Existing-home sales rise to best pace since early 2018

Sales of previously owned homes jumped in December to the best pace in nearly two years as historically low interest rates continued to lure buyers despite record-low inventory.

Contract closings rose 3.6% from the prior month to a 5.54 million annual rate, according to National Association of Realtors data released Wednesday that exceeded all but one estimate in Bloomberg's survey. The median sales price climbed 7.8% from a year earlier, the most since January 2016, to $274,500 as inventories declined for a seventh-straight month.

Looking across 2019, existing-home sales grew at a 5.34 million pace, the same as 2018.

The unexpectedly robust advance for sales, which marked the strongest pace since February 2018, marked a strong finish for a housing sector that began last year struggling to gain its footing. The residential rebound is poised to support economic growth for a second consecutive quarter and cushion the economy from subdued business investment.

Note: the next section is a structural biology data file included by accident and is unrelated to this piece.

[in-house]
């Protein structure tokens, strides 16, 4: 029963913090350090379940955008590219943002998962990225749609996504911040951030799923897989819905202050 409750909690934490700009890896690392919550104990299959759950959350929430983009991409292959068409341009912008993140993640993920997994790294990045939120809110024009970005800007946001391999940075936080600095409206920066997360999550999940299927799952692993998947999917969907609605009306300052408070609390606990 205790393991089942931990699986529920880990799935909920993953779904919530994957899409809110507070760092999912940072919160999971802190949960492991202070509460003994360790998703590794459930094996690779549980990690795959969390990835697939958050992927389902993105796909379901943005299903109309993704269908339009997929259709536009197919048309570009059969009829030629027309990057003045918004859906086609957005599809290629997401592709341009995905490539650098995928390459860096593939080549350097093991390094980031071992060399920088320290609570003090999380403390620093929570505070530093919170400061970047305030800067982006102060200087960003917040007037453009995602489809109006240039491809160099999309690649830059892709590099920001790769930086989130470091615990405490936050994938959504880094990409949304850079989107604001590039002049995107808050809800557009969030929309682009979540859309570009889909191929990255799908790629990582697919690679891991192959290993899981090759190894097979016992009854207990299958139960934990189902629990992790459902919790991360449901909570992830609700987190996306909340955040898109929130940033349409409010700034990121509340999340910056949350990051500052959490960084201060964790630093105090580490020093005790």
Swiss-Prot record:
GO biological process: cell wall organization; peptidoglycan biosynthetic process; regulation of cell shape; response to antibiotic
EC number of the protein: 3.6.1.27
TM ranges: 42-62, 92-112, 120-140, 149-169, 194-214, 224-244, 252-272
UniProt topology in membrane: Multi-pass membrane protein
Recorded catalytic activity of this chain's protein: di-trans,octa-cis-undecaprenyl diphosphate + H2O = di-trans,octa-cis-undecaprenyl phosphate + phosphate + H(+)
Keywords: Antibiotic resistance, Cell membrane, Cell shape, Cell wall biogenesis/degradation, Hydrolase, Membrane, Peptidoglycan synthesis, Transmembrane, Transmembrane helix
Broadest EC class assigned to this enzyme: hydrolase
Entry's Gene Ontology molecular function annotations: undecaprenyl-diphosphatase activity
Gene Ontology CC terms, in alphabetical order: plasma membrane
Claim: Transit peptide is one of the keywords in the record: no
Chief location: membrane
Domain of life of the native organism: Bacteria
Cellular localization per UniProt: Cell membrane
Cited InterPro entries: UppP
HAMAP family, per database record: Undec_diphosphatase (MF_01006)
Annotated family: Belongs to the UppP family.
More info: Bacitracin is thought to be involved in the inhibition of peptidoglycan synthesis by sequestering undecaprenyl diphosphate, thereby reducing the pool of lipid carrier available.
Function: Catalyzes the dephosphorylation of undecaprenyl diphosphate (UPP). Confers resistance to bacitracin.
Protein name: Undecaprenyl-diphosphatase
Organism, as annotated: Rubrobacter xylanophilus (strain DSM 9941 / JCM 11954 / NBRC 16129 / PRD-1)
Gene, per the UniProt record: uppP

At the current pace, it would take 3 months to sell all the homes on the market, the lowest in more than two decades of data, compared with 3.7 months in November. Realtors see anything below five months of supply as a sign of a tight market.

Recent data underscore positive momentum in the sector heading into the new year. Housing starts jumped to a 13-year high in December as construction of single- and multifamily units surged. Meanwhile, homebuilder sentiment posted the best back-to-back readings since 1999 in December and January as measures of prospective buyers and the sales outlook improved.

"America is facing a dire housing shortage condition," Lawrence Yun, NAR's chief economist, said at a briefing in Washington. "We need to build more."

Three of four major regions saw gains from the prior month, led by a 5.7% rise in the Northeast. The Midwest posted a modest decline.

First-time buyers made up 31% of sales, down slightly from 32% the previous month.

Existing-home sales account for about 90% of U.S. housing and are calculated when a contract closes. New-home sales, which make up the remainder, are counted when contracts are signed and will be released Monday.

Bloomberg News